previously well respected and pioneering numismatist is regretful. The
removal of Mr. Zerbe's name from the ANA's highest award was based
on these accounts and related accusations, as recounted in the ANA
press release and infamous ‘16 to 1' letter. One only needed to read the last statements in Mr. Alexander's article to understand his true
Time passed, and Zerbe's role in the early years of the ANA gradually faded from public view. During 2016, Chester L. Krause died.
Chet was widely admired as the founder of Numismatic News and Krause Publications with its extensive roster of books. Proposals were received for the renaming of ANA's top service recognition as the Chet Krause Award.
Farran Zerbe, Numismatist • Promoter • Hustler, by David T. Alexander, Coin Week, September 27, 2016.
Collection of Ancient Coins The Pittsburg Press, March 11, 1903, page 6. Note: The Pittsburg Times ceased publication in 1906 and the referenced article could not be found. Its presumed The Pittsburg Press article of the same date contained the same content.
Membership List, American Numismatic Association, Supplement to the Numismatist, October, 1908.
Editor's statement, Farran Zerbe, Managing Editor and Publisher, The Numismatist, June, 1909, page 176.
A. N. A. Campaign Methods Deprecated. Editorial, Farran Zerbe Managing Editor and Publisher, The Numismatist, July, 1909, page 208.
Things to be Considered in the A. N. A. Campaign by F. G. Duffield, The Numismatist, July, 1909, page 221.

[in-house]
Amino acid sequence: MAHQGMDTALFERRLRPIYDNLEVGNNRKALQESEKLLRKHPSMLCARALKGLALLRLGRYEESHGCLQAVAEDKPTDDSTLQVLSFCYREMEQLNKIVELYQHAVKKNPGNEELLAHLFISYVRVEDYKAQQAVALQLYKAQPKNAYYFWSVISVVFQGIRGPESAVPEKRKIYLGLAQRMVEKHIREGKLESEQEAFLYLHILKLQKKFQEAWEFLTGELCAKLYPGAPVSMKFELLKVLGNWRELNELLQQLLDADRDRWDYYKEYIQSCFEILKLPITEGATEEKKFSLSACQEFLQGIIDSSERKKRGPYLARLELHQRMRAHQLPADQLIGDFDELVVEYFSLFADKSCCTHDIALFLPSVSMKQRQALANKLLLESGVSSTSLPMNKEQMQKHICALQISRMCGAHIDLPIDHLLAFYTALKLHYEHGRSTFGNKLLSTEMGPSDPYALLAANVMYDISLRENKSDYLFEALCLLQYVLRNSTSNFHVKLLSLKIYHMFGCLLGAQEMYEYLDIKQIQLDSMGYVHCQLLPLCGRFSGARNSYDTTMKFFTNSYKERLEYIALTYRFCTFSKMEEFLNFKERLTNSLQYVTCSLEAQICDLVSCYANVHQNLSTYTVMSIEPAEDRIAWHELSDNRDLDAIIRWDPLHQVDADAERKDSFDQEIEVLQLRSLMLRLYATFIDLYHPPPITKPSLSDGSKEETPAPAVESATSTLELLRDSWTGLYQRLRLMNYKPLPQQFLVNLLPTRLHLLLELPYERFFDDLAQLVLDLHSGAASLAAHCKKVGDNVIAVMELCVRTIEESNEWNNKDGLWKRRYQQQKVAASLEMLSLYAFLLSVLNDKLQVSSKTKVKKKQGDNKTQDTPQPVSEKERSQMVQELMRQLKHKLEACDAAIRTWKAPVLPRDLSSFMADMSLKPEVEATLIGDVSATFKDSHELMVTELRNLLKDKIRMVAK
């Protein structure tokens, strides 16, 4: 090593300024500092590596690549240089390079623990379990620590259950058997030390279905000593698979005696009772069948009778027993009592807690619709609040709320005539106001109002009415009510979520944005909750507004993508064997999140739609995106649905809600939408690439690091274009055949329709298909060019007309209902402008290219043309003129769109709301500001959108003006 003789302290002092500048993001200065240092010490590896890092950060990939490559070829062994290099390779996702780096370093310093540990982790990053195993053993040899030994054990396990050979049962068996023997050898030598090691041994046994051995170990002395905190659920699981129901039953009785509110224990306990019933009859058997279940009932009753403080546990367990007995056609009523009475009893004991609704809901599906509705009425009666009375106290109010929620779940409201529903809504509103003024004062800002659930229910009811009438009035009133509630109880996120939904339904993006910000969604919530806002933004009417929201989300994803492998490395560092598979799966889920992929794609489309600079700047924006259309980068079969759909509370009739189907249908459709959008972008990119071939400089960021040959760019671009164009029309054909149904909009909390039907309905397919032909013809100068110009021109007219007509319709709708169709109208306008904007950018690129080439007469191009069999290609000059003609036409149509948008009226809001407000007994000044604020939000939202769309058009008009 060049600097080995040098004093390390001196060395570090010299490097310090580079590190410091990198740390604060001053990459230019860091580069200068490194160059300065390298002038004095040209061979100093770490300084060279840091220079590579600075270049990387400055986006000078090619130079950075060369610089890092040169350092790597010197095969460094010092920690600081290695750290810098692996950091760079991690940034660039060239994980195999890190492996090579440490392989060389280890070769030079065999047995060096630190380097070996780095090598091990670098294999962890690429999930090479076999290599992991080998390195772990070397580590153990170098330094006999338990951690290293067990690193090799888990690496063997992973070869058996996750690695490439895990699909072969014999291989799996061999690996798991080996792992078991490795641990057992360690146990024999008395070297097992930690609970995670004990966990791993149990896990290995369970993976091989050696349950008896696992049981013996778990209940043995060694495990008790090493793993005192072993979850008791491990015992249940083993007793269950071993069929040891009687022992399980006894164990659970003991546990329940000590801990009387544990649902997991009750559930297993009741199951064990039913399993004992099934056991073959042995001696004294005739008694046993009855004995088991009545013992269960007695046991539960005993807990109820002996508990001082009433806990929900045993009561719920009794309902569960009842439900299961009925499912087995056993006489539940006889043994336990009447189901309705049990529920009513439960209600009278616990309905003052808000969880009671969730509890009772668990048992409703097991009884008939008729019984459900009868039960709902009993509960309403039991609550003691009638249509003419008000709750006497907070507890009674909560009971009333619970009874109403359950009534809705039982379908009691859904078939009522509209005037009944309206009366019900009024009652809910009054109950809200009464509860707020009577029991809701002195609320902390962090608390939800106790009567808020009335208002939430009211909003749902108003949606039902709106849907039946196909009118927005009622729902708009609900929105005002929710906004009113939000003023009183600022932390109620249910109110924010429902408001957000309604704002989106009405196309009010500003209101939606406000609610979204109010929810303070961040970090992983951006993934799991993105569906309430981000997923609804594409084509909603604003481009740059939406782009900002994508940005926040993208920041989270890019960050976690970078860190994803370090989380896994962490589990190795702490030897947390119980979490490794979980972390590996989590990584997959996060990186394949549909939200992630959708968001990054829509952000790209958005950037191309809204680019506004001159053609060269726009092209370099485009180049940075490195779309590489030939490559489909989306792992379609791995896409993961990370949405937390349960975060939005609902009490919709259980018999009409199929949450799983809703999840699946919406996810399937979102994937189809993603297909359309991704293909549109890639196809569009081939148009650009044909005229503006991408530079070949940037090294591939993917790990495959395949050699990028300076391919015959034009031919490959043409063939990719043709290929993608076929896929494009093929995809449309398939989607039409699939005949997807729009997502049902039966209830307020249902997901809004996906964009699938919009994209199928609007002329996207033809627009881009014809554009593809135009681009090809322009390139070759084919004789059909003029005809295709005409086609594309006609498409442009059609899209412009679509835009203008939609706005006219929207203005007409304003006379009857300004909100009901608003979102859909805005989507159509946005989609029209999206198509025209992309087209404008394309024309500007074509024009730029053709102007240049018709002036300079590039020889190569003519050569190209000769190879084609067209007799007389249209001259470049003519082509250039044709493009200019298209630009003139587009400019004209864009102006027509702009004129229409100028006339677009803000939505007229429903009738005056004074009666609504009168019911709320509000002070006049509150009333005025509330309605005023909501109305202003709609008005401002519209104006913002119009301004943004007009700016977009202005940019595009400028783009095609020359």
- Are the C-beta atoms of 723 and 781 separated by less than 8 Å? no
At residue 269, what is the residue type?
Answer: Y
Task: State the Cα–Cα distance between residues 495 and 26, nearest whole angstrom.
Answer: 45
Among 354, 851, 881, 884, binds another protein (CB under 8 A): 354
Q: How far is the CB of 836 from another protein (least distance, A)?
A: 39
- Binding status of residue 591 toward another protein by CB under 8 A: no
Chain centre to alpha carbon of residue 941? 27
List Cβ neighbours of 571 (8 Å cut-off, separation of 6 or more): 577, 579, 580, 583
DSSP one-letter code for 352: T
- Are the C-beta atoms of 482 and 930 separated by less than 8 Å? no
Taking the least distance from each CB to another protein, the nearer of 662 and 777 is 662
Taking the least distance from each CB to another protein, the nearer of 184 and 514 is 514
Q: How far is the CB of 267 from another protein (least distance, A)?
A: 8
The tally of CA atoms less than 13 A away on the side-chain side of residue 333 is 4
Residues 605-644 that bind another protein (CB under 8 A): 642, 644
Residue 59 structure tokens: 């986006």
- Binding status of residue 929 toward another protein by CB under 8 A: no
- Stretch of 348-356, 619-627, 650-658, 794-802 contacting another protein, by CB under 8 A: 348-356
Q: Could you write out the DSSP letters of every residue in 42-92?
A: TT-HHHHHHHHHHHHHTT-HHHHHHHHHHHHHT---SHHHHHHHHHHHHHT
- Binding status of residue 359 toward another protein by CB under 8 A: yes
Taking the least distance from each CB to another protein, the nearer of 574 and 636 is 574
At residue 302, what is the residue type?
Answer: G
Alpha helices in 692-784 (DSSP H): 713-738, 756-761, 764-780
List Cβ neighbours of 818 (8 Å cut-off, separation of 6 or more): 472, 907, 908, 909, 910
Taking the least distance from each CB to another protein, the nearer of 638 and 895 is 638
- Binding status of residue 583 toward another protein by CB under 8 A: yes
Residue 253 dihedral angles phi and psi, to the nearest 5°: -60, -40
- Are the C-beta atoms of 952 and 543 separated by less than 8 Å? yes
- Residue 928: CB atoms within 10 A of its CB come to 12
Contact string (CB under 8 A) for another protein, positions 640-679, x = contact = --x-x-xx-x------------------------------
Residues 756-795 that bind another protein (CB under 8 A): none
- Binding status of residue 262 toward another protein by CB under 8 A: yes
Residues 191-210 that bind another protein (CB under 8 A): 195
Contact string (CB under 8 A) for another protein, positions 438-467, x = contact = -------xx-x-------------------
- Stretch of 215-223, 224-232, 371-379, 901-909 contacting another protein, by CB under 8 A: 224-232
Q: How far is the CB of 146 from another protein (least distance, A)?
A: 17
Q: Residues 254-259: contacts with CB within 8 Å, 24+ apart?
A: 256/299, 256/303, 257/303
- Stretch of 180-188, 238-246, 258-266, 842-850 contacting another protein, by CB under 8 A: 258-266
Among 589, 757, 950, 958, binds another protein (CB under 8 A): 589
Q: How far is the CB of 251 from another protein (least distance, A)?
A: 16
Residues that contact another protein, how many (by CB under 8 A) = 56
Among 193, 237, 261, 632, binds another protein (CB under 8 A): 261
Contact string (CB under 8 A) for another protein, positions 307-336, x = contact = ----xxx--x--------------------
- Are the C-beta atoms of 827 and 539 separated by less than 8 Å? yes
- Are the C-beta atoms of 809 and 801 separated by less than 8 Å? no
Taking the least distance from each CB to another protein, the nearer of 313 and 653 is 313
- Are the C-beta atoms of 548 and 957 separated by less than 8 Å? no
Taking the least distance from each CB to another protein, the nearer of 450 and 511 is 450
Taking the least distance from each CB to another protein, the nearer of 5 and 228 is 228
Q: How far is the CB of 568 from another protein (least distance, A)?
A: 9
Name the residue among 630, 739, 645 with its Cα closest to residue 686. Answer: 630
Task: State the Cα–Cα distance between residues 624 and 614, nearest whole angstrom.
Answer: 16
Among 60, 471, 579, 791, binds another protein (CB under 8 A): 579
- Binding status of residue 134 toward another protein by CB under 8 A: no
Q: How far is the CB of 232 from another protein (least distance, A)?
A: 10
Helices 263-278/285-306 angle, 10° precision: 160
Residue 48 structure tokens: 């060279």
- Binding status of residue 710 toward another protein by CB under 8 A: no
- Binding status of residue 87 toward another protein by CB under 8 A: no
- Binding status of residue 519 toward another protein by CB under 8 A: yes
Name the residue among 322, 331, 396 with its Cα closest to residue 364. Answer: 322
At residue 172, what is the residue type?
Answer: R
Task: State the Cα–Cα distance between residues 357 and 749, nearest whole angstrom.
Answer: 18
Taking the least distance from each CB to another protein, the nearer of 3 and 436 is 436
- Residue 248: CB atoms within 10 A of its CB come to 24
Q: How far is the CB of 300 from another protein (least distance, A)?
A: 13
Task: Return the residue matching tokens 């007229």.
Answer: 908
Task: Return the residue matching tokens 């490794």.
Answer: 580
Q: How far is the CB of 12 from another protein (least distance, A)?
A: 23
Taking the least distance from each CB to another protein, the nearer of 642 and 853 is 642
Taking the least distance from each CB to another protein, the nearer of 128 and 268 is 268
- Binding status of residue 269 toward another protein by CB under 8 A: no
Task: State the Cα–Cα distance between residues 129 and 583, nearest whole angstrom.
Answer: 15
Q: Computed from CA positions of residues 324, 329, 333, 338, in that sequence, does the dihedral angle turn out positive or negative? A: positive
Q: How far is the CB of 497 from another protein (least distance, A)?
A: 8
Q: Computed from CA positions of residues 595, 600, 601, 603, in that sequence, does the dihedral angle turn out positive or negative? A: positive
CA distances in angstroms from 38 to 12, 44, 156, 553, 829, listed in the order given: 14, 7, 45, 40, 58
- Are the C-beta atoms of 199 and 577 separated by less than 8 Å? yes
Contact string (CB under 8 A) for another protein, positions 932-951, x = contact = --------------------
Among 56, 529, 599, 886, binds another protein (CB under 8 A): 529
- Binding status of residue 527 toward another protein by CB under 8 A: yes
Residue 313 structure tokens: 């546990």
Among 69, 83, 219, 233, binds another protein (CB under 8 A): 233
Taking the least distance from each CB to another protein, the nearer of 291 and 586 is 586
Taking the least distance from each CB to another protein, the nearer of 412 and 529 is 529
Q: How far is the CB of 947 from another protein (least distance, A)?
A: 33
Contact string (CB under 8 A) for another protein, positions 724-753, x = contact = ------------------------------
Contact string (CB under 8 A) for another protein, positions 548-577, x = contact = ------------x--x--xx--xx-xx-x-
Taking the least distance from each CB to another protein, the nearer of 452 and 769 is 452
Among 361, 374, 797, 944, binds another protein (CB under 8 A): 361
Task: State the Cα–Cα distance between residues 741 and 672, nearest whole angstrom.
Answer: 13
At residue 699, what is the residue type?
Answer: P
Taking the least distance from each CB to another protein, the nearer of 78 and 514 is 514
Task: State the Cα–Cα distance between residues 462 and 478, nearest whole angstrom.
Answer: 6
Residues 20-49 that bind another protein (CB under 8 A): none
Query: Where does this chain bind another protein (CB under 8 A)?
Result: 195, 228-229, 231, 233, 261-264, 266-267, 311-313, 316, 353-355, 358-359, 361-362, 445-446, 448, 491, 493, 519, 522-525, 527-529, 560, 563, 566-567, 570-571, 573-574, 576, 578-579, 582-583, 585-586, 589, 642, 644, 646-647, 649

The American Numismatic Association Centennial History, Volume 1, by Q. David Bowers, Bowers and Merena Galleries, Inc., 1991, pages 209 - 212..
Mr. Niklewicz, Secretary of the New York Numismatic Club, Withdraws From Its Campaign Committee. Letter to the Editor from Herbert Niklewicz, The Numismatist, August, 1909, page 241.
Concerning the By Douglas Ward, The E-Sylum, Vol. 25, No. 9, February 27, 2022, Article 19.
Blank Proxy Allegation form the 1909 ANA Election.
The A. N. A. Campaign and Its Question. The Association Defiled and Defied. By Farran Zerbe, A ‘loose leaf ‘ addition in The Numismatist, August, 1908, page 4. Note; Thanks to David Hill of The American Numismatic Society for providing a copy of this document.
To read David Alexander's CoinWeek article, see:
Farran Zerbe: Numismatist – Promoter – Hustler
To read earlier E-Sylum articles, see:
ZERBE NAME REMOVED FROM ANA TOP AWARD
THE 1909 ANA ELECTION BLANK PROXY BALLOTS
TOP ANA AWARD NAMED FOR CHESTER L. KRAUSE
Wayne Homren, Editor